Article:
Dealing with a Difficult Person at Work | TechWell

Dealing with a Difficult Person at Work

A businesswoman dealing with a difficult man

When someone treats you in a nasty or offensive manner, it’s understandable that you’d see the person as nasty or offensive. Sometimes, though, there’s more to the person—and the situation—than it appears.

That was my experience when I worked with a division manager, Charlie, who was the most challenging customer I ever worked with. My department was developing an insidiously complex system for Charlie, and the project faced an inflexible deadline mandated by regulatory requirements.

Right from the start, Charlie was stubborn, impatient, rigid, demanding, and highly insulting. No matter what I told him about our progress and how we were right on schedule, he accused me of lying. Week after week, he made me the target of his verbal abuse.

We did implement phase one on time. Shortly after we embarked on the next phase, I heard that Charlie had been transferred to another division. His replacement was as easy to work with as Charlie had been difficult. I didn’t see Charlie for a few months after that. Then one day, I ran into him by the elevator. He greeted me as though we didn’t have a shared miserable past, followed by, “I don’t know if you heard, but I was transferred to another division.”

And then he said something that completely changed my view of him. He said, “I am so glad to be out of that division. I was under such intense stress. So much pressure. Nonstop demands. It was miserable, just awful. I’m so happy to finally be in a position where I have some control over my existence.”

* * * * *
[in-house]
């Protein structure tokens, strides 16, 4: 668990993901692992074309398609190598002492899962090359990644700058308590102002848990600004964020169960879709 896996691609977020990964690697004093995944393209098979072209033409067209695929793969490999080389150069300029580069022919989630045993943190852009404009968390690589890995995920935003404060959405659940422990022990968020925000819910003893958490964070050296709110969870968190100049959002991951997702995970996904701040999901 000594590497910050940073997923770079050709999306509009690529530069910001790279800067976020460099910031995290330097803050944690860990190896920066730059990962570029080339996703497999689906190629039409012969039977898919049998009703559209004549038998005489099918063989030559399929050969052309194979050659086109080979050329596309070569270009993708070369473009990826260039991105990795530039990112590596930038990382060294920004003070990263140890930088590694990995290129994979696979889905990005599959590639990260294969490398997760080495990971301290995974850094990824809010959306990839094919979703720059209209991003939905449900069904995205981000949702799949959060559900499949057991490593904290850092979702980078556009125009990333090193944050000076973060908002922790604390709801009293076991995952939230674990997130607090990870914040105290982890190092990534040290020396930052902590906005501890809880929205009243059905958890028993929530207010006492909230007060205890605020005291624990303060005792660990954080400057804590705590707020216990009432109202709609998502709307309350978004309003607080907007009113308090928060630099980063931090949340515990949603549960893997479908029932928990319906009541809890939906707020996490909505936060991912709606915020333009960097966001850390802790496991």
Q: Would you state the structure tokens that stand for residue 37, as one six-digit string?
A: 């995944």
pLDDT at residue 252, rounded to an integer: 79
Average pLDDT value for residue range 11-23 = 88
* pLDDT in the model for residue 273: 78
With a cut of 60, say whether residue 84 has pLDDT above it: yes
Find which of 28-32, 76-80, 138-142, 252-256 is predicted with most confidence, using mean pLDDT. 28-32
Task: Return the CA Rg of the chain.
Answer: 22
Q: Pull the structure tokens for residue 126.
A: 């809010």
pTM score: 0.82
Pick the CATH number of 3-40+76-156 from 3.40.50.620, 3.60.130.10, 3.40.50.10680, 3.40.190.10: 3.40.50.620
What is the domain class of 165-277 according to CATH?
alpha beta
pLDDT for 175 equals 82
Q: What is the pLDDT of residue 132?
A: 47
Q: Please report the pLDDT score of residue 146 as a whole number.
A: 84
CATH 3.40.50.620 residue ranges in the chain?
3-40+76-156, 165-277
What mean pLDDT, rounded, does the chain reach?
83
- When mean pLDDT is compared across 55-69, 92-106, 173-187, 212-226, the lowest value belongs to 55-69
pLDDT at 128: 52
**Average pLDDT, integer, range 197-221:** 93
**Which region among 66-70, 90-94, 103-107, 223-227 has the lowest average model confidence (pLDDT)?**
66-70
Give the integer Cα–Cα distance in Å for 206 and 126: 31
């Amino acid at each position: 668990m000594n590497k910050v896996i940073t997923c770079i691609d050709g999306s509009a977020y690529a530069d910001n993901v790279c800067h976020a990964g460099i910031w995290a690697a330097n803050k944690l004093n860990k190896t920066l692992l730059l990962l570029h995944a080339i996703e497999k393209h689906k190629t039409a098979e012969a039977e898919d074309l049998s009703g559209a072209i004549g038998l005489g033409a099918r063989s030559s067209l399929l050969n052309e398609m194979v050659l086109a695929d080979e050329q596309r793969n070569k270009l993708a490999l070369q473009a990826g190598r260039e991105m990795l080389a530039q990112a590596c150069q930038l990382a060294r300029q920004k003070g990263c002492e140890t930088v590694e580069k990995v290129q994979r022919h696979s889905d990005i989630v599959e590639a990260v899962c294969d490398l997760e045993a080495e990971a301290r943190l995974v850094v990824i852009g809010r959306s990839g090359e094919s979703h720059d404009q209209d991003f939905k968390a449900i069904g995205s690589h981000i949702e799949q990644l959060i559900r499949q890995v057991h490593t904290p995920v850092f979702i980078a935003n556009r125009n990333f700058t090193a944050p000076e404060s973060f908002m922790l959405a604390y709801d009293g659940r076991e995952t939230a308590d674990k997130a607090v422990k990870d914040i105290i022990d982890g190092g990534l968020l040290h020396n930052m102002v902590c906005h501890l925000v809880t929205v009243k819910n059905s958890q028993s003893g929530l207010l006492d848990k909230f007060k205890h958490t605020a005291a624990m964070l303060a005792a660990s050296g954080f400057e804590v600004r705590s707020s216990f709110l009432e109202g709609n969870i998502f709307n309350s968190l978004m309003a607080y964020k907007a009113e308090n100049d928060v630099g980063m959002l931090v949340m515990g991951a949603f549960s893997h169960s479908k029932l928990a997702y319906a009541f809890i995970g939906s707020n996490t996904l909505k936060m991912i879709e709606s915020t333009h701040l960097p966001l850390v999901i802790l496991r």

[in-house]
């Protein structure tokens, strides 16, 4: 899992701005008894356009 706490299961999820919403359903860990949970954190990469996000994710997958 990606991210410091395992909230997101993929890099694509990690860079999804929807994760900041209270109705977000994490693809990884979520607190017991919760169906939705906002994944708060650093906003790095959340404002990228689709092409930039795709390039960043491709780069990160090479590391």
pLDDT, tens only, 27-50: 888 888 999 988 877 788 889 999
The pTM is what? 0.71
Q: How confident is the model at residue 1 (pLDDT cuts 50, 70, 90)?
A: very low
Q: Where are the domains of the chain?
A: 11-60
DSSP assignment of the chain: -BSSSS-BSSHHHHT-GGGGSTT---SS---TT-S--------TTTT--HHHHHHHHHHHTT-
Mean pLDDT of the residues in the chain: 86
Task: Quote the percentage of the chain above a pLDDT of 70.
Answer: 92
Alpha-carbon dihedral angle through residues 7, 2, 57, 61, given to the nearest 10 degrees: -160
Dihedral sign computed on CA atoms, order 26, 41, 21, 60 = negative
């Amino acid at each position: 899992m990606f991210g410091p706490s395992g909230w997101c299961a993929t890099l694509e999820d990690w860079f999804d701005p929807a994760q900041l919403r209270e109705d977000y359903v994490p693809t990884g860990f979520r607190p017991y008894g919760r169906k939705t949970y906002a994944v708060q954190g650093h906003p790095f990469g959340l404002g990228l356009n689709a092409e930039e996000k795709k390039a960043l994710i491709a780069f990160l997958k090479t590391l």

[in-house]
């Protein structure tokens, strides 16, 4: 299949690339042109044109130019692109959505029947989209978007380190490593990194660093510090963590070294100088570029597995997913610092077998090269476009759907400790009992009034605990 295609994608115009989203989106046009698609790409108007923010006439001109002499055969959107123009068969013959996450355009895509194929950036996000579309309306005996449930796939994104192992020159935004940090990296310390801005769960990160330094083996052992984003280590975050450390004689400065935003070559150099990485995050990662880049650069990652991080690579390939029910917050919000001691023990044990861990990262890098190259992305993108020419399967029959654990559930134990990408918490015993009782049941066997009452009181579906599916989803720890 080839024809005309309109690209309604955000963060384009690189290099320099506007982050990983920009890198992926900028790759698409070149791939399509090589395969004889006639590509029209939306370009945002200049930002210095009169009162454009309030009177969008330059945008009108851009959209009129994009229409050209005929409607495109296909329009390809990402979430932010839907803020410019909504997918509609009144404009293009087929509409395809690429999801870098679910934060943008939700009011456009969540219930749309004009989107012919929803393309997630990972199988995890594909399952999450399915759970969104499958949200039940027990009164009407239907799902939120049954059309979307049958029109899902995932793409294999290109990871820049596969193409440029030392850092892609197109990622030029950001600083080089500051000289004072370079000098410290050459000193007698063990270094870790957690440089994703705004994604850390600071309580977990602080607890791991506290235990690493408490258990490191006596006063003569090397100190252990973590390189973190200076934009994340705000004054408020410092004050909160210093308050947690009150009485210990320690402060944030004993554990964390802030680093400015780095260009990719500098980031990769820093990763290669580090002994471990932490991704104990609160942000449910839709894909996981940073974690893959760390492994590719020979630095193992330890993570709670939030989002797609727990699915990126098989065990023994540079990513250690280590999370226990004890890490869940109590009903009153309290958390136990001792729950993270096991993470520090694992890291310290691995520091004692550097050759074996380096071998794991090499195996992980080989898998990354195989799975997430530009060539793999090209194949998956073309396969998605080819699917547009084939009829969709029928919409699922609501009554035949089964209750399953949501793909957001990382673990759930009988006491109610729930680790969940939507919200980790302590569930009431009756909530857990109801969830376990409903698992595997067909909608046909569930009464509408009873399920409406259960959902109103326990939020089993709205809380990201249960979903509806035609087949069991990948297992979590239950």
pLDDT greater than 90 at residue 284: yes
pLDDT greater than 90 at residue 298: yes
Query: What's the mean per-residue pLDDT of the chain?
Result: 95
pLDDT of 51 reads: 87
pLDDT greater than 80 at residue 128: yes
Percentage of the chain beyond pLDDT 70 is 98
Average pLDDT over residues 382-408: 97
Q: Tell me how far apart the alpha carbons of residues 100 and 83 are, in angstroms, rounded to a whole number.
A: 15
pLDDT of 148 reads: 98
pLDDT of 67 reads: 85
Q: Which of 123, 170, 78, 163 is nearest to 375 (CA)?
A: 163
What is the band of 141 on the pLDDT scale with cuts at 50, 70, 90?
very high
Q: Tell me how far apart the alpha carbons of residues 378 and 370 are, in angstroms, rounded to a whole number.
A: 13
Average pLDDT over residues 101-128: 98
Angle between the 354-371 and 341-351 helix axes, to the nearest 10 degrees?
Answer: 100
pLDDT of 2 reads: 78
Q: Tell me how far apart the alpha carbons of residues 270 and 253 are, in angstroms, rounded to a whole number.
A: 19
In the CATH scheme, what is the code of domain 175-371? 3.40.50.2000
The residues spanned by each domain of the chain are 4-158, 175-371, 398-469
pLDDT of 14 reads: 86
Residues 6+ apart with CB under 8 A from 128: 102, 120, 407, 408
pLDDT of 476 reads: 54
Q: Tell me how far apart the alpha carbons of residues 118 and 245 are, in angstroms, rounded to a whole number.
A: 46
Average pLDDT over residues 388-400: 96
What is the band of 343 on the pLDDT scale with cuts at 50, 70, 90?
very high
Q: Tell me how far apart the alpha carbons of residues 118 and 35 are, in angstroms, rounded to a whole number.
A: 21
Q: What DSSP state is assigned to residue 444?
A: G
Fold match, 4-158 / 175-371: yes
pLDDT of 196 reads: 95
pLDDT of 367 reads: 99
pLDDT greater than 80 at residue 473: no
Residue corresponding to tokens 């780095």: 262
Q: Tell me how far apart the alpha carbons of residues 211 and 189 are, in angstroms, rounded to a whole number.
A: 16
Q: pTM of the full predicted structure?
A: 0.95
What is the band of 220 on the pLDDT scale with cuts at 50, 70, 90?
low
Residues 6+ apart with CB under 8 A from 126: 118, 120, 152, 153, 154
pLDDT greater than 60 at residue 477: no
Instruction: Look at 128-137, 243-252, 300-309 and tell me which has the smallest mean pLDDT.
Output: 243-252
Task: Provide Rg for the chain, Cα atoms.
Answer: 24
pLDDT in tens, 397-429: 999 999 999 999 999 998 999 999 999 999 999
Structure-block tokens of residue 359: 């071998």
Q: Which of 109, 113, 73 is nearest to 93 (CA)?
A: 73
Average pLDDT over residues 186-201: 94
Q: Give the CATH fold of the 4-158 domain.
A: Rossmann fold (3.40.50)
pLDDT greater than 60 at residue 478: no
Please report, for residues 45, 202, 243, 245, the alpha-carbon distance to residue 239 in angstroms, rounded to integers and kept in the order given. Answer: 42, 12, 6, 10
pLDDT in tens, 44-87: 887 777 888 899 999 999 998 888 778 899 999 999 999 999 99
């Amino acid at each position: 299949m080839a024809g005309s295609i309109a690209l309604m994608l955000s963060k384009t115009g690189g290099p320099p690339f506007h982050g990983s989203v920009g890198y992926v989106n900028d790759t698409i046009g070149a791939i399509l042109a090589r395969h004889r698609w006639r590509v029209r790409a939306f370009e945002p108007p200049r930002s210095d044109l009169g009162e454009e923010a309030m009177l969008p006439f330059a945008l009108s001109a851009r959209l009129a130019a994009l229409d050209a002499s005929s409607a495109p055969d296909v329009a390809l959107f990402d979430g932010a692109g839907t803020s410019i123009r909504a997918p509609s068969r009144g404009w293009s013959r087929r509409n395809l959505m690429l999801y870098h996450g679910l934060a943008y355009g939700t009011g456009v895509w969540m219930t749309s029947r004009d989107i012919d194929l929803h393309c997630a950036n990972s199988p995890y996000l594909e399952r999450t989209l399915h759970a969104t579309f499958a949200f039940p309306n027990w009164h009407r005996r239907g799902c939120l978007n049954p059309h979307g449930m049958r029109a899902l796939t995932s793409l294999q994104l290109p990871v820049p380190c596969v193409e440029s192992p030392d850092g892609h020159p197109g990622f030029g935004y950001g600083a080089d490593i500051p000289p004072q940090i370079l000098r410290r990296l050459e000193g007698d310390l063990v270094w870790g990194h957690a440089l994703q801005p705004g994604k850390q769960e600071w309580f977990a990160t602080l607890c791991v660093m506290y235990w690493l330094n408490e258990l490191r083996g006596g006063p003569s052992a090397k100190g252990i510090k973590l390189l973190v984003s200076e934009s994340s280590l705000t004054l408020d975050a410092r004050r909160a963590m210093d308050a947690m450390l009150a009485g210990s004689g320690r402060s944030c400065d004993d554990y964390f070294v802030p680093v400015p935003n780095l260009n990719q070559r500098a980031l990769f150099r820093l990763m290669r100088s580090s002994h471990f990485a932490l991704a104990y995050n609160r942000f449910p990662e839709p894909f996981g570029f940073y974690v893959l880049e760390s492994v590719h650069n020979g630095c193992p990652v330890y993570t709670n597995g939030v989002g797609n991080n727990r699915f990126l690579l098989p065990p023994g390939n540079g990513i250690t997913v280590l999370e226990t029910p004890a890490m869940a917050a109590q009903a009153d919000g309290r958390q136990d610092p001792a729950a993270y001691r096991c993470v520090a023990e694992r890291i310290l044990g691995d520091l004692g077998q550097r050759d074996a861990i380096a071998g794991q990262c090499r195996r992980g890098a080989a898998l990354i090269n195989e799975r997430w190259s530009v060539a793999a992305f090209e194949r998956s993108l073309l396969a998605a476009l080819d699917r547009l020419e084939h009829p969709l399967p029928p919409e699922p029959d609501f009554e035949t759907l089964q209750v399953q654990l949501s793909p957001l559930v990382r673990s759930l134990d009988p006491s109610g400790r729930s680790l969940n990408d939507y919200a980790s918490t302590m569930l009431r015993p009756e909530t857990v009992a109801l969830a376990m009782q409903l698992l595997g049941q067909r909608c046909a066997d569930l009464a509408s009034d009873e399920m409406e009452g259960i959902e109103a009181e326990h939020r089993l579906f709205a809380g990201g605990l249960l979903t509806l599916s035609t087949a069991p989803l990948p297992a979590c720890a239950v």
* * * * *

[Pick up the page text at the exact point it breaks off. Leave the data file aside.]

In that moment, Charlie transformed in my eyes from a tyrant into a person who had been suffering just as I had been, with his management hounding him just as he had hounded me. I realized for the first time that he’d been genuinely frightened that we, and therefore he, wouldn’t make a critical deadline. He took his fear out on me, and he very likely was unaware of how miserably he had treated me.

That didn’t excuse his offensive behavior, but it helped to explain it. What an eye-opener. Charlie wasn’t a jerk; he was a regular guy doing his best to cope with a tough situation.

As a result of that conversation, I came to realize that sometimes, when a person behaves in a hurtful or offensive manner, it’s not the totality of that person’s character. Sometimes, the person is instead coping with circumstances that I’m not aware of. That’s something to keep in mind if you ever face a similar situation.

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